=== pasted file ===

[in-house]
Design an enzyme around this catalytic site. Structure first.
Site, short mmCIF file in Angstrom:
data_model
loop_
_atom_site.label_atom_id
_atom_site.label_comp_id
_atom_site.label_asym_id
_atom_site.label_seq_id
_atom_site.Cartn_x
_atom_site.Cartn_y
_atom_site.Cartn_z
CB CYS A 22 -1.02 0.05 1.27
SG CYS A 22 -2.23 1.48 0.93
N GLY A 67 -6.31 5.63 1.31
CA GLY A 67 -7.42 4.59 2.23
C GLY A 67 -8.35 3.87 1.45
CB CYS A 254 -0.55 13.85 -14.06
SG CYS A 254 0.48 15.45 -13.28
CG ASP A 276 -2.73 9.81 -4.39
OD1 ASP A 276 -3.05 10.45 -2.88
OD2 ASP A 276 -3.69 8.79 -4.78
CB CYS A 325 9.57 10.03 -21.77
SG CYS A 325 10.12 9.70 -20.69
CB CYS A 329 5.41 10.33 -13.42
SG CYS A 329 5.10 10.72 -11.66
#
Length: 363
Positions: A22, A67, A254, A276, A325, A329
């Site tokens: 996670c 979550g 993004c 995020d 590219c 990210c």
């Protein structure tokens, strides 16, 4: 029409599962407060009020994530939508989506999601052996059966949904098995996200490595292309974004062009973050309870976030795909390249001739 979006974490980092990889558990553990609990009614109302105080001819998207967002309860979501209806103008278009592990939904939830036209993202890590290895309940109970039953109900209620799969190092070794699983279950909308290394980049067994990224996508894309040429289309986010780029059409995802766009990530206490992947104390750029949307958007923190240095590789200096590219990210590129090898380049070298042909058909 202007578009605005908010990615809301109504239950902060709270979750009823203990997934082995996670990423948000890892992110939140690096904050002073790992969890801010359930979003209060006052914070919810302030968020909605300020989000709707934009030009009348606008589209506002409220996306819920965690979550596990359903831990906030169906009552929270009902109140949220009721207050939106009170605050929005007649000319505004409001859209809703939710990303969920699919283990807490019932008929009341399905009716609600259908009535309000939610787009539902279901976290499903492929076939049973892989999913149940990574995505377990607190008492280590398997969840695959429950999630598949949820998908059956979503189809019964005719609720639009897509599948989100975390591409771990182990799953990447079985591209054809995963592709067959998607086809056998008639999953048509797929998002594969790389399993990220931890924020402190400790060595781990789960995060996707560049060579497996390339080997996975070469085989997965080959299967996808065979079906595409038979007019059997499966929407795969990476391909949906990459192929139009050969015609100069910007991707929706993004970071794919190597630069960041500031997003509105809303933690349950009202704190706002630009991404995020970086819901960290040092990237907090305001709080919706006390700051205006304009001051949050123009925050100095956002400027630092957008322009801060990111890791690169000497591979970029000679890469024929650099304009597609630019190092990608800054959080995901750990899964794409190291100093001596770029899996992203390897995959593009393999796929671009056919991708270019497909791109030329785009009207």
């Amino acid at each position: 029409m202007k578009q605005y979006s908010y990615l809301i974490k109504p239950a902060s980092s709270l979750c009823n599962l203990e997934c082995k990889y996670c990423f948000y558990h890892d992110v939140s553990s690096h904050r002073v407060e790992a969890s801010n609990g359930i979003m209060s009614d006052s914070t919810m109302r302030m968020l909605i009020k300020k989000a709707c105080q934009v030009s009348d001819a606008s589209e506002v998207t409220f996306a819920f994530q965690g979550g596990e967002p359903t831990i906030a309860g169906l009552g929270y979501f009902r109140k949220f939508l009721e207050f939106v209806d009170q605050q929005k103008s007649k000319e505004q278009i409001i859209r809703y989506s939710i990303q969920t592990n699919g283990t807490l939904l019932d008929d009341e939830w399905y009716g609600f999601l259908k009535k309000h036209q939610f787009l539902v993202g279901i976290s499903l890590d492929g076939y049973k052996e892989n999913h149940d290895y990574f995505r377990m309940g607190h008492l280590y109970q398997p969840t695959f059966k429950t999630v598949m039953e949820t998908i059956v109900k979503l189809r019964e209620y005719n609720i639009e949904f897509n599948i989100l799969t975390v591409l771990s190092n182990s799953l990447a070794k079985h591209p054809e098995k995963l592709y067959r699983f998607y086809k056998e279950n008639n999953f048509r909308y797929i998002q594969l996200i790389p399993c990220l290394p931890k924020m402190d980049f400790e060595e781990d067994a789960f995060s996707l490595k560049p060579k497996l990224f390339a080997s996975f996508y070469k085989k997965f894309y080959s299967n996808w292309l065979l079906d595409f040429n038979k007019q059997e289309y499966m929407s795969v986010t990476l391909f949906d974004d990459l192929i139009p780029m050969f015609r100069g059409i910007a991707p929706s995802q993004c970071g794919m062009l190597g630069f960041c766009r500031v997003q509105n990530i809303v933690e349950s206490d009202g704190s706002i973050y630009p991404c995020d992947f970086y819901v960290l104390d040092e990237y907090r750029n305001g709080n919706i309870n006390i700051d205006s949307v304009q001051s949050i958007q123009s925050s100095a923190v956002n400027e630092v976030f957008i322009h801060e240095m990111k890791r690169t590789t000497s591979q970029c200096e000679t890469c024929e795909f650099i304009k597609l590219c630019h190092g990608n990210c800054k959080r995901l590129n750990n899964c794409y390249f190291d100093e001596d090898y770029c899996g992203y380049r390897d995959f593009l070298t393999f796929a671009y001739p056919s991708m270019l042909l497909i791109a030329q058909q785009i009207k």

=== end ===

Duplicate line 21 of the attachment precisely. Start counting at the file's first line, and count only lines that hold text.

OD1 ASP A 276 -3.05 10.45 -2.88